|Publication number||US7372847 B2|
|Application number||US 10/172,739|
|Publication date||May 13, 2008|
|Filing date||Jun 17, 2002|
|Priority date||Dec 17, 1999|
|Also published as||CN1185842C, CN1409914A, DE60032385D1, DE60032385T2, EP1238510A1, EP1238510B1, US20020196790, WO2001045354A1|
|Publication number||10172739, 172739, US 7372847 B2, US 7372847B2, US-B2-7372847, US7372847 B2, US7372847B2|
|Original Assignee||Nokia Corporation|
|Export Citation||BiBTeX, EndNote, RefMan|
|Patent Citations (19), Referenced by (4), Classifications (39), Legal Events (4)|
|External Links: USPTO, USPTO Assignment, Espacenet|
This is a Continuation Application of International Application No. PCT/FI00/01097, which was filed on Dec. 14, 2000, which designated the U.S., and was filed in the English language.
The invention relates to data call routing on Internet Protocol (IP) based connections and especially on Voice over IP (VoIP) connections between telecommunication switches.
In addition to traditional speech services, mobile communication systems, such as the GSM system (Global System for Mobile communication), typically also provide non-speech services, for example transmission of texts, images, facsimile or computer files. These non-speech services are usually referred to as data services. The basic requirements for successful transmission of data services differ remarkably from those of speech services. Since errors are not allowed in data transmission, data services must be handled differently within a mobile communication network, i.e. on a transmission path from a mobile station (MS) to a mobile communication switching centre (MSC). Furthermore, data transmission between a mobile communication network, such as the GSM, and an external communication network, for example an ISDN (Integrated Services Digital Network), a PSTN (Public Switched Telephone Network) or a PDN (Public Data Network), requires a specific adaptation function called an ‘Interworking Function’ (IWF).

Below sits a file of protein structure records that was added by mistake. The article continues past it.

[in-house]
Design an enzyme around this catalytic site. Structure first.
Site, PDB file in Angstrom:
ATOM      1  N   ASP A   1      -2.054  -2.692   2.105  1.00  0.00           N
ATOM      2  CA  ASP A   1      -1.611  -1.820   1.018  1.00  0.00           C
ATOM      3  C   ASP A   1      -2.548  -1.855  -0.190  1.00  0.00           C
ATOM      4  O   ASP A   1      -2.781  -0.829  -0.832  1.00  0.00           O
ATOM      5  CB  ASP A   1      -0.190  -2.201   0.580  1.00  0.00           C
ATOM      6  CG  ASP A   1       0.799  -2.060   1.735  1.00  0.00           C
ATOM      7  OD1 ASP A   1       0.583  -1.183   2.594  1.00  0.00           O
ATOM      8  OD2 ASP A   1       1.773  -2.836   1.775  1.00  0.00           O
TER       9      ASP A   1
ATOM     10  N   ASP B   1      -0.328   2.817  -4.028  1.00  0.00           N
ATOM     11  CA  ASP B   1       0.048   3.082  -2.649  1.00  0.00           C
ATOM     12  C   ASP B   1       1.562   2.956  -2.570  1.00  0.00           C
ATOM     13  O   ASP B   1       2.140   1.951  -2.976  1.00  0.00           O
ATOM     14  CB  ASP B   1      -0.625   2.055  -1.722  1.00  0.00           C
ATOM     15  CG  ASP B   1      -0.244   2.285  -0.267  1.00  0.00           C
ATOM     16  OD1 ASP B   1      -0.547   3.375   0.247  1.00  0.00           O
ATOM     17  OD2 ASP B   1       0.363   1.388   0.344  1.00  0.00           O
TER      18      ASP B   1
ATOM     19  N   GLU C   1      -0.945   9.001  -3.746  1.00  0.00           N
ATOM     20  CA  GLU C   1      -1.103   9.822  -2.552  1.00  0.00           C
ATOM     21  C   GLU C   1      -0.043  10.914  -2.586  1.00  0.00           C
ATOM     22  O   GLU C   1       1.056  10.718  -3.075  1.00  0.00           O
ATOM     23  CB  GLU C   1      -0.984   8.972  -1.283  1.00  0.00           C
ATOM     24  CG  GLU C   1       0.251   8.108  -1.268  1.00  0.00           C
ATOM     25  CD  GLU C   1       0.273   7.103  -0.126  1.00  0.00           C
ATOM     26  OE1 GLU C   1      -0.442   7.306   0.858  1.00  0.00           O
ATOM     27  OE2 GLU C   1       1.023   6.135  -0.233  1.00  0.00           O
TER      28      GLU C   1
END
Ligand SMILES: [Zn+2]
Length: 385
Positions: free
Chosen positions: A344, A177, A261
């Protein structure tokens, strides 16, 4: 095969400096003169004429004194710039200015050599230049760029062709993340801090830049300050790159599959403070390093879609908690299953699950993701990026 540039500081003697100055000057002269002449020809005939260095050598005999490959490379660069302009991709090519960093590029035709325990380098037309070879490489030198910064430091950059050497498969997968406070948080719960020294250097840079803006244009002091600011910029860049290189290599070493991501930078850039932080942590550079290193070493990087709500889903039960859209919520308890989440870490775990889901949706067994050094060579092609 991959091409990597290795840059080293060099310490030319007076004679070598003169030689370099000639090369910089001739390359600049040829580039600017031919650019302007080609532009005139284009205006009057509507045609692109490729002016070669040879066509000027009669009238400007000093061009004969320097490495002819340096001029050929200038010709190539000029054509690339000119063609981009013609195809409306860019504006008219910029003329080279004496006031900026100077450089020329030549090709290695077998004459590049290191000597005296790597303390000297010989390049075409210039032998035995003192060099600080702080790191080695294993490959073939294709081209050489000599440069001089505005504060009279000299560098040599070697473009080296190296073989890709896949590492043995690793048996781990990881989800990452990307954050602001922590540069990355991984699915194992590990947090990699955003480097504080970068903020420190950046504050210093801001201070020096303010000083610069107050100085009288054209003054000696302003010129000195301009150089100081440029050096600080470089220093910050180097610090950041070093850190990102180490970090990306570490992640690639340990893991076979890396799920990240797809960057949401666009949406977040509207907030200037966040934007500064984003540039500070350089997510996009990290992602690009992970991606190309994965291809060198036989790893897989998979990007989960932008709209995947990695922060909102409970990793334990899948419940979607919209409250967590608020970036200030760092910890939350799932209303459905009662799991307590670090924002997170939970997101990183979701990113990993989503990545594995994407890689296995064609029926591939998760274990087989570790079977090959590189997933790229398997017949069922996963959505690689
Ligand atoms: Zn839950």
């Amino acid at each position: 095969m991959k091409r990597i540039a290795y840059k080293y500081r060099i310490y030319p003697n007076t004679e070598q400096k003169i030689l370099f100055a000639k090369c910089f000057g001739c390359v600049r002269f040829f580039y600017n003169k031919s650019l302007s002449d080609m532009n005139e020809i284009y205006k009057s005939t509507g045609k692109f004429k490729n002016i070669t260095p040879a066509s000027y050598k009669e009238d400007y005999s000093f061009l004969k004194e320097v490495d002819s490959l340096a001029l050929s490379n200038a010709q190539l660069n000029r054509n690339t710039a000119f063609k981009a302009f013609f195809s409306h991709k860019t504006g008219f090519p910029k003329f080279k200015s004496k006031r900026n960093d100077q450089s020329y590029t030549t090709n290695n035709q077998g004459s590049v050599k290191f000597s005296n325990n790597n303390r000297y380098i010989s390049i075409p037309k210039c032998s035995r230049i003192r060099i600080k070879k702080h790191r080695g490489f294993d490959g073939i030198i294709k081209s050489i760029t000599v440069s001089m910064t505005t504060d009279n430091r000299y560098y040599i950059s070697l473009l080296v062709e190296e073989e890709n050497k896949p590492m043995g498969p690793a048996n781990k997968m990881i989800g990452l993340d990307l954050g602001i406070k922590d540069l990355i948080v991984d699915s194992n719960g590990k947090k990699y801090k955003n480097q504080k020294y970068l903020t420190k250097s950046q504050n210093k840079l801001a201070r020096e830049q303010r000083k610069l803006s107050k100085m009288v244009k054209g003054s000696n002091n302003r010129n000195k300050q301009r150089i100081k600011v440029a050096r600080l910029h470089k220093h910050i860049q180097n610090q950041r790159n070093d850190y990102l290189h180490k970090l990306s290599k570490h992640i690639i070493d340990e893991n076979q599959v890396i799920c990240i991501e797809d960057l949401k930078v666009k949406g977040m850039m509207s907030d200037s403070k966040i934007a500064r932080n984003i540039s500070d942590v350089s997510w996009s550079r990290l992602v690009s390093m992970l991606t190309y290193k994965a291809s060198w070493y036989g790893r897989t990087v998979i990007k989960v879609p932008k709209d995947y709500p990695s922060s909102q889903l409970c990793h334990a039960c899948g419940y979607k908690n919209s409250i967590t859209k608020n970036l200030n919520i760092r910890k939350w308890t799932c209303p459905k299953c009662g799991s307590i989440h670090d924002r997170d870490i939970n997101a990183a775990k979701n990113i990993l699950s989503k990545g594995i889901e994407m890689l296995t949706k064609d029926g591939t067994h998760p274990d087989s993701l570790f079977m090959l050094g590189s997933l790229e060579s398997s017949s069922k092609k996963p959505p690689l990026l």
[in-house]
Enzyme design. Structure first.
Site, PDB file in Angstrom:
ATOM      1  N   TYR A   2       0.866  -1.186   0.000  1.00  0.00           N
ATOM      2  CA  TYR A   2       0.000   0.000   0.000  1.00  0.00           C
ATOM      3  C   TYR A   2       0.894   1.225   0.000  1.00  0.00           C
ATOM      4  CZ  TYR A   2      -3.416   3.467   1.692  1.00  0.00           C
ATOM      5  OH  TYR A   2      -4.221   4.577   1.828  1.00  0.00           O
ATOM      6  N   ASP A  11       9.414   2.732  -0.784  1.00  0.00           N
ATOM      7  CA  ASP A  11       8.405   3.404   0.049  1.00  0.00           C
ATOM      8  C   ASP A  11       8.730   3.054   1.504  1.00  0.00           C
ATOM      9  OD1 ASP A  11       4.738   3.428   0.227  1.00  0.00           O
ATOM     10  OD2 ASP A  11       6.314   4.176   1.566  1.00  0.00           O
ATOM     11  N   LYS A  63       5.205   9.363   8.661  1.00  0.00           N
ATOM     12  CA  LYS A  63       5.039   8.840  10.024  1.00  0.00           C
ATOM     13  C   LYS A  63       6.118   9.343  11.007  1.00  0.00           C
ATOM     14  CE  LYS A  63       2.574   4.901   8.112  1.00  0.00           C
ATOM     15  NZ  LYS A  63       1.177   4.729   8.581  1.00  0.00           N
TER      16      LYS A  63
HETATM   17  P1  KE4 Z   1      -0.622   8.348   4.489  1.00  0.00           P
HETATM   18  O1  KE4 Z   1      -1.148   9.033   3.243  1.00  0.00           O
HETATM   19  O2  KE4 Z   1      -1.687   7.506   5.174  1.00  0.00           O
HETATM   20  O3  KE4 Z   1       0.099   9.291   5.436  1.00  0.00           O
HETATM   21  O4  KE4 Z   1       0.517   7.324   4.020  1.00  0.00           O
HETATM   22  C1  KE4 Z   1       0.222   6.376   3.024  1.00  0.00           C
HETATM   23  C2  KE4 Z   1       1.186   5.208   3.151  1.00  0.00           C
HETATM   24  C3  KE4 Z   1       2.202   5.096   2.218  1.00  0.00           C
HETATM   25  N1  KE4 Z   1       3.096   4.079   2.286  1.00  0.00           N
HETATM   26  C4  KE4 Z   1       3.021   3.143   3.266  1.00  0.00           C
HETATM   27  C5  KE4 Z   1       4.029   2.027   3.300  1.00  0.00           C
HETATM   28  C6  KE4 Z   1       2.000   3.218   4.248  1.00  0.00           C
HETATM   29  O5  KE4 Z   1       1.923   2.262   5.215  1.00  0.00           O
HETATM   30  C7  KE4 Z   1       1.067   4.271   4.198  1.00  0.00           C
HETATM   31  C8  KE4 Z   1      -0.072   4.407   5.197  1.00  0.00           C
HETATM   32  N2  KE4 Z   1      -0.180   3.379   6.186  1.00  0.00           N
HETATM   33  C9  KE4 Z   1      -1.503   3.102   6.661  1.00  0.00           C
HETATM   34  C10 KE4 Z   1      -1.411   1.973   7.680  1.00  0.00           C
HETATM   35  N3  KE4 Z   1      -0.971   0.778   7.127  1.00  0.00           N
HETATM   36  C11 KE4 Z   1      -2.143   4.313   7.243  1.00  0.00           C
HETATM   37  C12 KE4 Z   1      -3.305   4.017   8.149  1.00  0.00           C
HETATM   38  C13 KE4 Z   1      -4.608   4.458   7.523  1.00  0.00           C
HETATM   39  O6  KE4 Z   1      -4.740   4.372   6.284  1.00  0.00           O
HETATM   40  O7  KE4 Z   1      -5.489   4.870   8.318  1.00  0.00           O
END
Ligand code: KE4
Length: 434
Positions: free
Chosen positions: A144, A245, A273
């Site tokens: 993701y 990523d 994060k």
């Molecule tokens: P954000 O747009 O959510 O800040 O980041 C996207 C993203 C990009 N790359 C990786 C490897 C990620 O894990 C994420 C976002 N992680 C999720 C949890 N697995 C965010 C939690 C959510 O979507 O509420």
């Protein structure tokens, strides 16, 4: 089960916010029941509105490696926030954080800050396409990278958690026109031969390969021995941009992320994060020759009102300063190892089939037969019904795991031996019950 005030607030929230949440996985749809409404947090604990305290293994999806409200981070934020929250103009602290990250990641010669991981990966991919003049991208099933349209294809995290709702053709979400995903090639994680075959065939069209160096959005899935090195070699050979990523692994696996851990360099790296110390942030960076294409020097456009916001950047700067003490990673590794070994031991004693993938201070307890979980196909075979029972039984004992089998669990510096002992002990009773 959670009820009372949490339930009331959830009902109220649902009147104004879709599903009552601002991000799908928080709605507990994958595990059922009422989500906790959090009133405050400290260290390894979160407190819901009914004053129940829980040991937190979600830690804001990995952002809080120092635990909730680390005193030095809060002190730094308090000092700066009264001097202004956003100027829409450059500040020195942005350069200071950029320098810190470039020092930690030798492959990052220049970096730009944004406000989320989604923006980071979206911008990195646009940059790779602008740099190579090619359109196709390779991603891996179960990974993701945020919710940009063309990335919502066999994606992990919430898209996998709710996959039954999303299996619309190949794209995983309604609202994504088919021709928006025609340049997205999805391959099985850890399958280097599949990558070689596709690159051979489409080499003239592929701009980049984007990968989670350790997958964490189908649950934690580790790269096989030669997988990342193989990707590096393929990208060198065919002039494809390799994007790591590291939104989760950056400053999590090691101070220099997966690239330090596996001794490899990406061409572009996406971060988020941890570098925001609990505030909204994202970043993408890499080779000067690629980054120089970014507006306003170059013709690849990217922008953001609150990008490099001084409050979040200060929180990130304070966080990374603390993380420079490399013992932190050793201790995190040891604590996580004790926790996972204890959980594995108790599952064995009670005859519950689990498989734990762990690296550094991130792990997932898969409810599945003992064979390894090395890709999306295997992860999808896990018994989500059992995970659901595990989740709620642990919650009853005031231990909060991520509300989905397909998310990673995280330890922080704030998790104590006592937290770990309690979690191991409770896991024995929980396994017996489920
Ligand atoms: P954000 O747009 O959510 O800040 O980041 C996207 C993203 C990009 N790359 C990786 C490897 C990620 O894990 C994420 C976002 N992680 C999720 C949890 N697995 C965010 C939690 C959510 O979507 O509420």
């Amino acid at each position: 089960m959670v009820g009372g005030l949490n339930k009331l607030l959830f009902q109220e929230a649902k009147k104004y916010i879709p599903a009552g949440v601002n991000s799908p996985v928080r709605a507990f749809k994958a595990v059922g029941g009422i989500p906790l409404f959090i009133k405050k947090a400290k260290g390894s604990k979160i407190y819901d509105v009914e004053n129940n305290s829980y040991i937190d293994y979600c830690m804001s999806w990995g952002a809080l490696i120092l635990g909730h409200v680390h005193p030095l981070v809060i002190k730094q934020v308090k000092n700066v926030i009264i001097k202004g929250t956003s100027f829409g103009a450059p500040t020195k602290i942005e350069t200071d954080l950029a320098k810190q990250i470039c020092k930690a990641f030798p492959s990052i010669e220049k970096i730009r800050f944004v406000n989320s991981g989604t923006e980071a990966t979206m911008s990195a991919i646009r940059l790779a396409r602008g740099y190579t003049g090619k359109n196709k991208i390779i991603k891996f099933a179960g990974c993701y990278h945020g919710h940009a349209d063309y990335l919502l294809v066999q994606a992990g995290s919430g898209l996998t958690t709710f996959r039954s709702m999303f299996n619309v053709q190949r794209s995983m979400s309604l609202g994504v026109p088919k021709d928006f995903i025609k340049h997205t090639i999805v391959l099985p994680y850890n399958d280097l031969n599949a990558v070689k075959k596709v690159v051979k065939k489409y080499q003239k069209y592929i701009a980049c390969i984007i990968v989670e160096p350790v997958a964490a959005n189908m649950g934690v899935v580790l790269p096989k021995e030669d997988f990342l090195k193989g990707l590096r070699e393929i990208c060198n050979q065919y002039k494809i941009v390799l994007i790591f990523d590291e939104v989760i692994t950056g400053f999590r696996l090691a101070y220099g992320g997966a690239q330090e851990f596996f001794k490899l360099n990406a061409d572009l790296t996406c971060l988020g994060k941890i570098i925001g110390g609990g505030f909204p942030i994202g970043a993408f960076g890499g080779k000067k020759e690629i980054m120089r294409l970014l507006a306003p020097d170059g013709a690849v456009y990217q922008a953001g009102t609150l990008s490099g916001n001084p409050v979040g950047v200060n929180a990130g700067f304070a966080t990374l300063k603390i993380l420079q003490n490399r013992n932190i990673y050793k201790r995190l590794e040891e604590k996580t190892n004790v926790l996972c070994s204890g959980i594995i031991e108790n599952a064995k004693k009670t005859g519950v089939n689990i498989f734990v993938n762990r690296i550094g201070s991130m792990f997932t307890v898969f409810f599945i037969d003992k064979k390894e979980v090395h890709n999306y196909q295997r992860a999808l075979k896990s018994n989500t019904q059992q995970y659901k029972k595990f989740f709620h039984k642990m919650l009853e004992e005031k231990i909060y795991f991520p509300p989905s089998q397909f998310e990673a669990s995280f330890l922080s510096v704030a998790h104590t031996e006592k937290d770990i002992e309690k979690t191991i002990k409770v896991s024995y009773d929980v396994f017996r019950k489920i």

In the GSM system, the transmission path from the MS to the MSC goes through a radio interface Um to a base transceiver station (BTS) and via an Abis interface further to a base station controller (BSC) and from there via an A interface to a mobile switching centre (MSC). Somewhere between the BTS and the MSC, either on the Abis interface or on the A interface, there is a transcoder/rate adaptor unit (TRAU), the task of which is to raise and adapt the transmission rate of the bit flow arriving from the MS via the BTS up to 64 kbit/s. Physically, the TRAU can be located in connection with the BTS, the BSC or the MSC. However, the TRAU cannot be located functionally inside the MSC, but logically, it must always be situated before the MSC. Therefore, the speed of the incoming information flow via the A interface towards the MSC is always 64 kbit/s, regardless of whether the information flow consists of speech or data.